There has been a sweeping drop in the annual number of children under the age of 5 who die, according to the United Nations.

UNICEF and the World Health Organization have reported that the annual rate of children dying under the age 5 has fallen from 12 million in 1990, to 7.6 million in 2010, meaning an overall 12,000 fewer children under age 5 die each day.

According to the report progress has been down to better access in health care, immunization, prevention and treatment of childhood diseases, clean water and better nutrition. Even in Sub-Saharan Africa, which has one of the highest rates or infant morality, lowered its infant mortality rate by double.

Six of the fourteen best-performing countries are in Sub-Saharan Africa, as are four of the five countries with the largest absolute reductions (more than 100 deaths per 1,000 live births). Malaria is still a major killer in the area,however, causing about 16 percent of under-five deaths.

Although there has been a significant improvement; there are still more than 21,000 children that die every day from preventable causes. Babies are especially vulnerable with more than 40 percent of deaths in children under age 5 occur within the first month of life and more than 70 percent occur in the first year of life.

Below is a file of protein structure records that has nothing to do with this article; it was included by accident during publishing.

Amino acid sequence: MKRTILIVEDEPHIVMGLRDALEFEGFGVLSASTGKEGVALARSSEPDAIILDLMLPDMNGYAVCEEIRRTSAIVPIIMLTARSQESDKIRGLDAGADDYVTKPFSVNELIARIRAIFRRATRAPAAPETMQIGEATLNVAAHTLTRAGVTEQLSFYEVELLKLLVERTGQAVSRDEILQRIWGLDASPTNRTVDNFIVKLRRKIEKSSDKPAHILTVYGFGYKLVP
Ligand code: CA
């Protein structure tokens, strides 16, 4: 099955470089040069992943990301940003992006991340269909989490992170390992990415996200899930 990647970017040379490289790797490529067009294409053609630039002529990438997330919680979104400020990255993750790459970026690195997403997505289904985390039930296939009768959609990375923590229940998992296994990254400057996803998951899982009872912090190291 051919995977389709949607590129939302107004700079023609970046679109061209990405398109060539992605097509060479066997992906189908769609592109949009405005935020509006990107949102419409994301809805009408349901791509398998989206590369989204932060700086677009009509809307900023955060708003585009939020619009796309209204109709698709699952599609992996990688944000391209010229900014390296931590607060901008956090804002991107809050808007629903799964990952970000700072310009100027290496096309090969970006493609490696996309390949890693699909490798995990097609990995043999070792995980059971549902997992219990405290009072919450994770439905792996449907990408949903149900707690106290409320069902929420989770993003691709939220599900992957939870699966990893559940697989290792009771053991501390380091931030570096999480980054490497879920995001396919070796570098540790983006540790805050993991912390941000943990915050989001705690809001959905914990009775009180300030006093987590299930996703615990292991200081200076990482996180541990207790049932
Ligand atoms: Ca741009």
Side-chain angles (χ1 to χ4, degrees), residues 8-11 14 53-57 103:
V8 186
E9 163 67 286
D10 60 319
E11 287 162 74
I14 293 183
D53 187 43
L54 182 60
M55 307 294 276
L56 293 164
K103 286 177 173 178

Globally, the four major killers of children under age 5 are pneumonia, diarrhoeal diseases, preterm birth complications and birth asphyxia and malnutrition is the underlying cause in more than a third of the under-five deaths.

Focusing greater investment on the most disadvantaged communities will help us save more children's lives, more quickly and more cost effectively, said Anthony Lake, executive director of the United Nations Children's Fund or UNICEF, Reuters reported.

The improvement will be enough to meet the UN's goal of reducing child mortality by 2015, although the organizations involved say more money is needed.

This is proof that investing in children's health is money well spent, and a sign that we need to accelerate that investment through the coming years, Dr. Margaret Chan, director general of the World Health Organization, said in a statement.

In reaction to the results of the report, UNICEF has said that further reduction in child mortality will require investing more strategically in healthcare infrastructure and services, especially in rural and remote areas.

The UN organization noted a growing disparity between children who have benefited from the rapid economic development in the region, chiefly in urban centre's, and those on the margins of society such as ethnic minorities, and children in remote and rural areas.